A registered nurse is present from 8:00 a.m. to 4:00 p.m. during regular school days. The school nurse has a multi-faceted role within the school, supporting the physical, mental, emotional, and social health of students and their success in the learning process.
- In order to address potential health problems that are barriers to learning or symptoms of underlying medical conditions, the nurses do yearly screening activities. They include vision, hearing, height, and weight, as well as head checks for lice/nits (three times annually for kindergarten and junior school students and once a year for middle and high school students). Kindergarten is done at the request of the teacher.
- Scoliosis screening is offered annually to middle school students.
- The school nurse works closely with the Administration and the Parents’ Association to ensure that the school is a safe and healthy environment for students, faculty, and staff.
End Of Year Medication Reminder
As the end of the school year approaches, we’d like to remind you to pick up your child’s medication from the nurse’s office and from the classroom by the last week of school. We cannot store any medication for the following school year over the summer, and unclaimed medication will be disposed of.
If your child is attending the ISSH Summer School Program, and medication is needed during the school day, the school nurse will be responsible for administering the midday dose. Parents are responsible for morning, and afterschool doses of their children’s medication.
Please let us know as soon as possible, if your child will need to carry any emergency medications (Epi-pen/ Inhaler) for Summer School. If so, written permission is required from a parent or guardian before any emergency medicine can be administered to your child during the school day.
Thank you very much for your support and cooperation.
If you have any questions or concerns, please contact us. We are here from 8:00 a.m. to 4:00 p.m. until June 9, 2017.
Have a wonderful, healthy summer! See you in August!
Zahia Aratani and Sandey Stayanoff
ISSH School Nurses
CDC (Center of Disease Control) recommends:
The first and most important step is to get a flu vaccination each year. But if you get the flu, there are prescription antiviral drugs that can treat your illness. Early treatment is very important. Everyday preventive actions may slow the spread of germs that cause respiratory (nose, throat, and lungs) illnesses, like flu.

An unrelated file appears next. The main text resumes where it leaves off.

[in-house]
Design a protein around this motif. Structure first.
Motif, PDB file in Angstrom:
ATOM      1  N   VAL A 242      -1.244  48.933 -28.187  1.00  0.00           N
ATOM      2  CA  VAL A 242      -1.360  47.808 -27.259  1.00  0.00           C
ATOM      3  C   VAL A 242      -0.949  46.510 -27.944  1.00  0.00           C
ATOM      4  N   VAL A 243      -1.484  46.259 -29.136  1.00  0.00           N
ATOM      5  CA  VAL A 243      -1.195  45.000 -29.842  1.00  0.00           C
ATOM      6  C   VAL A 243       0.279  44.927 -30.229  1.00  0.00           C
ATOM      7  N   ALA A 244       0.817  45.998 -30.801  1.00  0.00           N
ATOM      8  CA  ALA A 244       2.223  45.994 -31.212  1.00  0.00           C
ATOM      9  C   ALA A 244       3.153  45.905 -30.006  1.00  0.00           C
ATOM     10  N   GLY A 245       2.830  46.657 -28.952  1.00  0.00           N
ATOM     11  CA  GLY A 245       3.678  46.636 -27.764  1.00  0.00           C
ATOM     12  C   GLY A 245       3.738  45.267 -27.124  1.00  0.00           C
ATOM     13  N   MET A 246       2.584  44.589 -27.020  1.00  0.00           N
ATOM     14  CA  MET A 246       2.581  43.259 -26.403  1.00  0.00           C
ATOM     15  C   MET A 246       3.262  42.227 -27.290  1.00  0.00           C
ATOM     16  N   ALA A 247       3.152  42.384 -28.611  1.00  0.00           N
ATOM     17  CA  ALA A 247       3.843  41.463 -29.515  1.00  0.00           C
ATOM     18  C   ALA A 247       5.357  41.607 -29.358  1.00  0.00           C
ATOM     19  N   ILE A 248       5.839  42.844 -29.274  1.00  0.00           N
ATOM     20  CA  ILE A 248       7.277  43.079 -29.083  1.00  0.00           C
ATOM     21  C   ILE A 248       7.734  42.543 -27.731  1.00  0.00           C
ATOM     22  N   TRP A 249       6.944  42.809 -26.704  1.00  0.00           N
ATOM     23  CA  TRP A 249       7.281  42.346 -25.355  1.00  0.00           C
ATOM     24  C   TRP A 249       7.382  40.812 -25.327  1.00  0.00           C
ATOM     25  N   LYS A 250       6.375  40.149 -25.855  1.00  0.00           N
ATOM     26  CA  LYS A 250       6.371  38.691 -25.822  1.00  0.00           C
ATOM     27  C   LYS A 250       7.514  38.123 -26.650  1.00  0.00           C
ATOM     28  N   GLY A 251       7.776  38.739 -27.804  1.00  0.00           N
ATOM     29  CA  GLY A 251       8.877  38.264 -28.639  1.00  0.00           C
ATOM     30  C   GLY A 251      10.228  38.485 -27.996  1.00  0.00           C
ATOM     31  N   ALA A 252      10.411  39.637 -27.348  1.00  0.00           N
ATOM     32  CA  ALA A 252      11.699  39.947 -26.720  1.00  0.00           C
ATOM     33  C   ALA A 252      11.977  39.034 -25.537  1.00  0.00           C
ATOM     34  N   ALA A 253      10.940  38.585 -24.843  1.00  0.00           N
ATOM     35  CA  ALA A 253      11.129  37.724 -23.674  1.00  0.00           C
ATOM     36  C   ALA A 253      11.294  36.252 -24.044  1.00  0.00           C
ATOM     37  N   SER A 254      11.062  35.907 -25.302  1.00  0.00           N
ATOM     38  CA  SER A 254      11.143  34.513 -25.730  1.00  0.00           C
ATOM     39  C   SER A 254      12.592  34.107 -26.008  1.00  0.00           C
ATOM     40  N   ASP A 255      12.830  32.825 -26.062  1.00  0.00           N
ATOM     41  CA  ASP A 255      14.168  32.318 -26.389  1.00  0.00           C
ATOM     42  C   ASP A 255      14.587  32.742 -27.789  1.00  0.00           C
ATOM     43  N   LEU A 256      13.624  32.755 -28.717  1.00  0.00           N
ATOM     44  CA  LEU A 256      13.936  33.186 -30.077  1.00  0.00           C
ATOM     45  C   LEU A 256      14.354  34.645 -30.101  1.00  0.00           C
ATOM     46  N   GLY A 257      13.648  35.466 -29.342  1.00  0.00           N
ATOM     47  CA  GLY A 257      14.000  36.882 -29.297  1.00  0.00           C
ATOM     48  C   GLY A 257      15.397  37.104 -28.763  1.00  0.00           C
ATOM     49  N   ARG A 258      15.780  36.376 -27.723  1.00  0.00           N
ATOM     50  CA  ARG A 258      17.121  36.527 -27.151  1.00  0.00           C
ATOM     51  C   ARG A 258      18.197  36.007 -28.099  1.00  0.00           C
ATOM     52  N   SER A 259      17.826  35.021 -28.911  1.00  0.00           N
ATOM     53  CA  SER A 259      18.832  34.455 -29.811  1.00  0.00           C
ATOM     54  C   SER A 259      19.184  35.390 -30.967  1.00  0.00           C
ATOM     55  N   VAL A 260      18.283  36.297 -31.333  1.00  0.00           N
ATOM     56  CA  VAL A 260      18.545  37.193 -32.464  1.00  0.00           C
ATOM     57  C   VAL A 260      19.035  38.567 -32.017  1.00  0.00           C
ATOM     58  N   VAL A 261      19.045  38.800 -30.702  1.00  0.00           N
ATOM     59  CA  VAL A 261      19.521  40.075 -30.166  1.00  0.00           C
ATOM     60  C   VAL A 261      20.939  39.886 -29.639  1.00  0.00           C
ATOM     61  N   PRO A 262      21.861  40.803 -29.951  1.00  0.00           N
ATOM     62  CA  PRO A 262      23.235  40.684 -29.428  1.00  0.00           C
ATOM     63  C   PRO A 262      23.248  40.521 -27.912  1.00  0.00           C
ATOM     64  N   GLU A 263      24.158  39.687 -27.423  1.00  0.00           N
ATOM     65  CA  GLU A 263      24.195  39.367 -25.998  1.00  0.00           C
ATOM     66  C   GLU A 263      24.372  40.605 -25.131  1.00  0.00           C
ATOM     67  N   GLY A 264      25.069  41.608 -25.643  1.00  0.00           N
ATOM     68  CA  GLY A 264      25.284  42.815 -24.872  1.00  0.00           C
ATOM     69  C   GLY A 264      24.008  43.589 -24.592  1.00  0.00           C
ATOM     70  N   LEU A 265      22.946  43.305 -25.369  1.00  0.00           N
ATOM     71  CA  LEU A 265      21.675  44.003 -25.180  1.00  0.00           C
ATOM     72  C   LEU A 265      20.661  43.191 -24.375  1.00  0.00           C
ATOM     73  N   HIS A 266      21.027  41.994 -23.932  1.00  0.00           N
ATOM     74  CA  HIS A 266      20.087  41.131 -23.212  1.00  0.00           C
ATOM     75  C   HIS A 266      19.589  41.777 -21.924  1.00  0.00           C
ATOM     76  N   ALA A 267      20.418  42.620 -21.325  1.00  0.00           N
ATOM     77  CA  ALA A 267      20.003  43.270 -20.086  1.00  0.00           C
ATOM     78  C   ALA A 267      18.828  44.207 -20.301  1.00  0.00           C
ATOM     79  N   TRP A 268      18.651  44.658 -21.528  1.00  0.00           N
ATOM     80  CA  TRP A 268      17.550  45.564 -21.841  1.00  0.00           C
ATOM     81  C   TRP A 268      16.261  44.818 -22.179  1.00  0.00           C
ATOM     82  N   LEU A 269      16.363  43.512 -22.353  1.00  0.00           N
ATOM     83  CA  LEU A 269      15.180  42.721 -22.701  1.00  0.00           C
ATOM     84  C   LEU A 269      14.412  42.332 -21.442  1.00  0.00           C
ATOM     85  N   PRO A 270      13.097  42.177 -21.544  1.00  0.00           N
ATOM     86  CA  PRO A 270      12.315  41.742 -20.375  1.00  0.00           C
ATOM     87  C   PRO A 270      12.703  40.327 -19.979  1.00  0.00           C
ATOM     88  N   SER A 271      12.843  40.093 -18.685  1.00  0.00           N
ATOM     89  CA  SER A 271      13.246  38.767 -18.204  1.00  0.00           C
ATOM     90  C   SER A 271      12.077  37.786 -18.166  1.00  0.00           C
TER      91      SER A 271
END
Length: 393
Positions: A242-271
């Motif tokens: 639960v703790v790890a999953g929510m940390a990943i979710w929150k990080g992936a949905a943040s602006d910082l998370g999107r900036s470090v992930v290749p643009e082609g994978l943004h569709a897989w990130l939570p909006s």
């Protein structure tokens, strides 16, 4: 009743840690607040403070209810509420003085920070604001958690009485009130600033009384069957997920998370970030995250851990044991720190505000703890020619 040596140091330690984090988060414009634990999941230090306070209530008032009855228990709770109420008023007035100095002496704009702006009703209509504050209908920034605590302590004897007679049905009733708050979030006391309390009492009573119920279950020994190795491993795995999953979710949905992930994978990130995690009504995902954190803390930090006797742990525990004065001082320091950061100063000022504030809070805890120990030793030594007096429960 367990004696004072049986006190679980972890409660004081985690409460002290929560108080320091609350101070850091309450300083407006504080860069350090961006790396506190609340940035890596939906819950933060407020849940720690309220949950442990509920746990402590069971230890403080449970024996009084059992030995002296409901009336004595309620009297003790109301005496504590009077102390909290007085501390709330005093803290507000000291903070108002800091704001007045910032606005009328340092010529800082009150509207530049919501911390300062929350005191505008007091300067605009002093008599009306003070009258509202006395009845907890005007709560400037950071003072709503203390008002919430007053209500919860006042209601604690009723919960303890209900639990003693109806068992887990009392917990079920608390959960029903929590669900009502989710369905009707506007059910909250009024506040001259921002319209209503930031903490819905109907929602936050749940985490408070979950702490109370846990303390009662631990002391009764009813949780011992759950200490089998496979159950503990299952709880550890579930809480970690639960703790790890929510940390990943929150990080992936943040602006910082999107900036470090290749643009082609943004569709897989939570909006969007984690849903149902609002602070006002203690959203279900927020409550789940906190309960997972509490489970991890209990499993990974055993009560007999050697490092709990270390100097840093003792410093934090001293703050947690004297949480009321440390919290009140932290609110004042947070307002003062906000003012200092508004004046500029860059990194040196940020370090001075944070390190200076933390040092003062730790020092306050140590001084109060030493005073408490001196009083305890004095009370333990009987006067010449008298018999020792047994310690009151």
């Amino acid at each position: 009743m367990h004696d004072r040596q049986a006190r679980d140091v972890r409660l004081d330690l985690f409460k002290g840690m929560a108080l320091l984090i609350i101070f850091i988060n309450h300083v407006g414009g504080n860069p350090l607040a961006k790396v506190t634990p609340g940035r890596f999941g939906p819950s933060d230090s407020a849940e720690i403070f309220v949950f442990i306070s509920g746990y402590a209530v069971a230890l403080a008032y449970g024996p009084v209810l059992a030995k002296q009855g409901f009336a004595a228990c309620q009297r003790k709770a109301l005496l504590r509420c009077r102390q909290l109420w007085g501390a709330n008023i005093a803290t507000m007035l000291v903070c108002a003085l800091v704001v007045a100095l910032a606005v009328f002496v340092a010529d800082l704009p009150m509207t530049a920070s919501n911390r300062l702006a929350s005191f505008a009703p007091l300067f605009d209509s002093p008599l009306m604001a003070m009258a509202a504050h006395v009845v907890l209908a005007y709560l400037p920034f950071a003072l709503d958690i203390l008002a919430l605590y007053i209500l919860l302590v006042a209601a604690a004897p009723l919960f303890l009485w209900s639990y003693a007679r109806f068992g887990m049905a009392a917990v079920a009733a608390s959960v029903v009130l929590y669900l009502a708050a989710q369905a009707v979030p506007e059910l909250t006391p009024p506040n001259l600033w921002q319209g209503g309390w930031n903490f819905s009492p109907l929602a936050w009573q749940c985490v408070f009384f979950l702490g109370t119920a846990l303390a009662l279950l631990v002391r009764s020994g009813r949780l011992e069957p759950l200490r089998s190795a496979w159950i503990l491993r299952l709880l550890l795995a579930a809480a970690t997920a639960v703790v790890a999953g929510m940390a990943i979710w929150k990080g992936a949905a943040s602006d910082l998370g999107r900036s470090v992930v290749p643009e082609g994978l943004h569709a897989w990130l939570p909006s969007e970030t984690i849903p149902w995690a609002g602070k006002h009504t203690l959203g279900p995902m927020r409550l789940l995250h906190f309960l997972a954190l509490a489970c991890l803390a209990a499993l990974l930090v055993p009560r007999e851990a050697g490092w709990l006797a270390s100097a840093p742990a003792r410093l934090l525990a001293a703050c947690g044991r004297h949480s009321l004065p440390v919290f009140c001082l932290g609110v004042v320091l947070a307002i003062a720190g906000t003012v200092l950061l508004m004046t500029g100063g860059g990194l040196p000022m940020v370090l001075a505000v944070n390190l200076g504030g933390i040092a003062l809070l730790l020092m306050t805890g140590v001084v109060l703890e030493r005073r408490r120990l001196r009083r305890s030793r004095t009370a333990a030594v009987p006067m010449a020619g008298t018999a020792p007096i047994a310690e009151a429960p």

How the flu is spread?
Flu viruses are thought to spread mainly from person to person through coughing, sneezing, or talking to someone with the flu.
People infected with flu may be able to infect others beginning 1 day before symptoms develop and up to 5-7 days after becoming sick. That means you may be able to spread the flu to someone else before you know you are sick as well as while you are sick. Young children, those who are severely ill, and those who have severely weakened immune systems may be able to infect others for longer than 5-7 days.
What are everyday preventive actions?
- Try to avoid close contact with sick people. If you or your child gets sick with flu-like illness, CDC recommends that you (or your child) stay home for at least 24 hours after the fever is gone except to get medical care or for other necessities. The fever should be gone without the use of a fever-reducing medicine.
- Stay home when you are sick. If possible, stay home from work, school, and errands when you are sick. You will help prevent others from catching your illness.
- Cover your nose and mouth with a tissue when you cough or sneeze. Throw the tissue away after use and wash your hands. If a tissue is not available, cover your mouth and nose with your sleeve, not your hand.
- Wash your hands often with soap and water, especially after you cough or sneeze. If soap and water are not available, use an alcohol-based hand rub.
- Avoid touching your eyes, nose, or mouth. Germs spread this way.
- Clean and disinfect surfaces or objects. Clean and disinfect frequently touched surfaces at home, work or school, especially when someone is ill.
General Health Information
- Kid’s Health - Information about health, behavior and development from before birth through teen years (in English)
- WHO - World Health Organization (in English)
- IDSC - Infectious Disease Surveillance Control (both in Japanese and English)
- MOFA - Ministry of Foreign Affairs of Japan both in Japanese and English)
Medicine (Drug) Information
- Japan Pharmaceutical Reference (both in Japanese and English)
- Kusuri-no-Shiori (both in Japanese and English)
- Infectious Disease Surveillance Center (Japan) - both in Japanese and English
- Vaccine Prevetable Diseases (Japan) - in Japanese
- National Institute of Infections Diseases (Japan) - in Japanese
- Japan Pediatric Society (Japan) - both in Japanese and English
- Center for Disease Control and Prevention (U.S.) - in English
- NHS Vaccination Schedule (U.K.) - in English
- Immunise Australia Program (Australia) - in English
- English link to check any Japanese medications
Useful at Japanese Clinics/Hospitals
- Multilingual Medical Vocabulary database (both in Japanese and English)
- Multilingual Medical Questionnaire- fill out and bring it to the clinic (15 languages)
- Japan Healthcare Info - locates English-speaking doctors and makes appointments
- A student/faculty/staff member diagnosed with Influenza must stay home for five days from the first day the symptoms appeared. The school must be informed of an Influenza diagnosis.
- Upon returning to the school, the person must be checked by the school nurse before going to class.
- If a fever persists, the student/faculty/staff member should stay home until fever free for 24 hours without fever reducing medication.